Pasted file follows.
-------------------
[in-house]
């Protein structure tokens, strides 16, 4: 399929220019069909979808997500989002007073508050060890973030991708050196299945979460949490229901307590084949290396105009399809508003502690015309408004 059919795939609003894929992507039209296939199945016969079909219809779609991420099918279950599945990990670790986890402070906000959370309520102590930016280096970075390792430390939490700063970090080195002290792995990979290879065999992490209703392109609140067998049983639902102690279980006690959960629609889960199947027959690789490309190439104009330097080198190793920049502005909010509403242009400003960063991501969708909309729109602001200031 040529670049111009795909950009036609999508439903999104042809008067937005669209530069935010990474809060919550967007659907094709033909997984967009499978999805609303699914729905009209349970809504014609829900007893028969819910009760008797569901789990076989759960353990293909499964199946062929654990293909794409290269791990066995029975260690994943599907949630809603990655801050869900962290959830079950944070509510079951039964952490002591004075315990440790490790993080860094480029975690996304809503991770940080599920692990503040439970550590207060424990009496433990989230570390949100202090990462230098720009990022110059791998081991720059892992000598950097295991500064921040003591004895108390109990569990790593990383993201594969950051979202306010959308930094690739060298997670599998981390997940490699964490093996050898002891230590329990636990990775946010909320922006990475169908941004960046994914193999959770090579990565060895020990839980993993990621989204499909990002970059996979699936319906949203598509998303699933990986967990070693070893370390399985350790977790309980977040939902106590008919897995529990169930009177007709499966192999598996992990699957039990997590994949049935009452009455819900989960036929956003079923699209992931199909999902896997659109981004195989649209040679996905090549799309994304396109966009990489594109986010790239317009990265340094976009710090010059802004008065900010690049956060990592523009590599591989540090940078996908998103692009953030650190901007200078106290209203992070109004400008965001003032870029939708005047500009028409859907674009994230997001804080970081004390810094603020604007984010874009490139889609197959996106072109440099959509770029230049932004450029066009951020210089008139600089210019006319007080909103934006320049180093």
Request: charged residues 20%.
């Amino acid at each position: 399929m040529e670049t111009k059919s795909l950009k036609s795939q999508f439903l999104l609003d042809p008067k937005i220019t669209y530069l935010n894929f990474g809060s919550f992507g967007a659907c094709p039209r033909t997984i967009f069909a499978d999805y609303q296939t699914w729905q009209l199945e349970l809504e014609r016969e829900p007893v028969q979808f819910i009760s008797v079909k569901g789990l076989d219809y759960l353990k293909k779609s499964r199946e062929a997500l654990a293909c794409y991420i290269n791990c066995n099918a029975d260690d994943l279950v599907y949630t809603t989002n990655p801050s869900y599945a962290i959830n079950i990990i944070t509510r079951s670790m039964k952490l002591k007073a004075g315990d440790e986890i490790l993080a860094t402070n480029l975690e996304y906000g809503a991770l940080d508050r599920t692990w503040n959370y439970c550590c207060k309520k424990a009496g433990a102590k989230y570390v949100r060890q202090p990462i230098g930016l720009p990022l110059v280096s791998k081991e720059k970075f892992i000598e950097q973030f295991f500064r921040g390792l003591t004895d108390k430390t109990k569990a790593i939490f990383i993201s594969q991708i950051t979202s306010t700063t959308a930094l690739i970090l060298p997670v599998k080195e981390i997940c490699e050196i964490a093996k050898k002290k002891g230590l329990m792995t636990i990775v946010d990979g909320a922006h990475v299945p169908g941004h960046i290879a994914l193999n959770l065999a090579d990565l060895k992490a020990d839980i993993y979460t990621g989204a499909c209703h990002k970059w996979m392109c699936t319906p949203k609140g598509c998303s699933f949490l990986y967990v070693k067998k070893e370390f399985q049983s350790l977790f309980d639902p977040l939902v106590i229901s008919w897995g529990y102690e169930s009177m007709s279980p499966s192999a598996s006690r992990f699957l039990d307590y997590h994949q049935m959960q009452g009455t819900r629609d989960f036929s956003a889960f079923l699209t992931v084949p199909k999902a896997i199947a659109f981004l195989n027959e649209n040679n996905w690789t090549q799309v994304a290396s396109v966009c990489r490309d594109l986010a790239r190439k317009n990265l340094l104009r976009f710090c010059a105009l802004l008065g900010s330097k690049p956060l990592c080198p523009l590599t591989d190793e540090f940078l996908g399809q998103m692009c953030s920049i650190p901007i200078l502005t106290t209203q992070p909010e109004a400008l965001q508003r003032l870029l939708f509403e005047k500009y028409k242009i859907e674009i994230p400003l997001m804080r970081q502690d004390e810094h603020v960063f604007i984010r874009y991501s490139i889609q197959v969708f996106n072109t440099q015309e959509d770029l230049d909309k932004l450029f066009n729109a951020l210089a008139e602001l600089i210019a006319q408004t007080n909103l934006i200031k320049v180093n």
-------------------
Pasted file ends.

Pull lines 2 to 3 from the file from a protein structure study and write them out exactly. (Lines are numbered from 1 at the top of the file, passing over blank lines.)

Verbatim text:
């Protein structure tokens, strides 16, 4: 399929220019069909979808997500989002007073508050060890973030991708050196299945979460949490229901307590084949290396105009399809508003502690015309408004 059919795939609003894929992507039209296939199945016969079909219809779609991420099918279950599945990990670790986890402070906000959370309520102590930016280096970075390792430390939490700063970090080195002290792995990979290879065999992490209703392109609140067998049983639902102690279980006690959960629609889960199947027959690789490309190439104009330097080198190793920049502005909010509403242009400003960063991501969708909309729109602001200031 040529670049111009795909950009036609999508439903999104042809008067937005669209530069935010990474809060919550967007659907094709033909997984967009499978999805609303699914729905009209349970809504014609829900007893028969819910009760008797569901789990076989759960353990293909499964199946062929654990293909794409290269791990066995029975260690994943599907949630809603990655801050869900962290959830079950944070509510079951039964952490002591004075315990440790490790993080860094480029975690996304809503991770940080599920692990503040439970550590207060424990009496433990989230570390949100202090990462230098720009990022110059791998081991720059892992000598950097295991500064921040003591004895108390109990569990790593990383993201594969950051979202306010959308930094690739060298997670599998981390997940490699964490093996050898002891230590329990636990990775946010909320922006990475169908941004960046994914193999959770090579990565060895020990839980993993990621989204499909990002970059996979699936319906949203598509998303699933990986967990070693070893370390399985350790977790309980977040939902106590008919897995529990169930009177007709499966192999598996992990699957039990997590994949049935009452009455819900989960036929956003079923699209992931199909999902896997659109981004195989649209040679996905090549799309994304396109966009990489594109986010790239317009990265340094976009710090010059802004008065900010690049956060990592523009590599591989540090940078996908998103692009953030650190901007200078106290209203992070109004400008965001003032870029939708005047500009028409859907674009994230997001804080970081004390810094603020604007984010874009490139889609197959996106072109440099959509770029230049932004450029066009951020210089008139600089210019006319007080909103934006320049180093």
Request: charged residues 20%.